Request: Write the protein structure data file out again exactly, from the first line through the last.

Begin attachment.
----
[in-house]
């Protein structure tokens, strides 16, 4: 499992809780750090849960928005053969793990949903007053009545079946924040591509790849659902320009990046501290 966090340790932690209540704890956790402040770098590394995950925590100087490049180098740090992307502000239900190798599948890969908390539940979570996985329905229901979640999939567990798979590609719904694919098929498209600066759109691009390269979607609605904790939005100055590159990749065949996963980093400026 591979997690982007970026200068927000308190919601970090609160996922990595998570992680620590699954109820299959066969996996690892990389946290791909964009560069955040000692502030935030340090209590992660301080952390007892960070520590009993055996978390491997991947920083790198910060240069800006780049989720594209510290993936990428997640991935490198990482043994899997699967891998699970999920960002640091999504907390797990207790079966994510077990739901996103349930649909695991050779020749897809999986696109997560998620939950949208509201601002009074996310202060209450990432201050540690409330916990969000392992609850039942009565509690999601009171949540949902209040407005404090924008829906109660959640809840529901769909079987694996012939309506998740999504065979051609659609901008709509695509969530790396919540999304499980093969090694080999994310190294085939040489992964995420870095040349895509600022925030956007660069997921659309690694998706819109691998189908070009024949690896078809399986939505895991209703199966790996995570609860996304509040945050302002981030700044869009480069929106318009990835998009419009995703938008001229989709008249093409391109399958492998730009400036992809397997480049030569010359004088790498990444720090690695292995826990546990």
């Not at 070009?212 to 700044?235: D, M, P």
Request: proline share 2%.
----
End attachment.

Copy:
[in-house]
């Protein structure tokens, strides 16, 4: 499992809780750090849960928005053969793990949903007053009545079946924040591509790849659902320009990046501290 966090340790932690209540704890956790402040770098590394995950925590100087490049180098740090992307502000239900190798599948890969908390539940979570996985329905229901979640999939567990798979590609719904694919098929498209600066759109691009390269979607609605904790939005100055590159990749065949996963980093400026 591979997690982007970026200068927000308190919601970090609160996922990595998570992680620590699954109820299959066969996996690892990389946290791909964009560069955040000692502030935030340090209590992660301080952390007892960070520590009993055996978390491997991947920083790198910060240069800006780049989720594209510290993936990428997640991935490198990482043994899997699967891998699970999920960002640091999504907390797990207790079966994510077990739901996103349930649909695991050779020749897809999986696109997560998620939950949208509201601002009074996310202060209450990432201050540690409330916990969000392992609850039942009565509690999601009171949540949902209040407005404090924008829906109660959640809840529901769909079987694996012939309506998740999504065979051609659609901008709509695509969530790396919540999304499980093969090694080999994310190294085939040489992964995420870095040349895509600022925030956007660069997921659309690694998706819109691998189908070009024949690896078809399986939505895991209703199966790996995570609860996304509040945050302002981030700044869009480069929106318009990835998009419009995703938008001229989709008249093409391109399958492998730009400036992809397997480049030569010359004088790498990444720090690695292995826990546990």
């Not at 070009?212 to 700044?235: D, M, P």
Request: proline share 2%.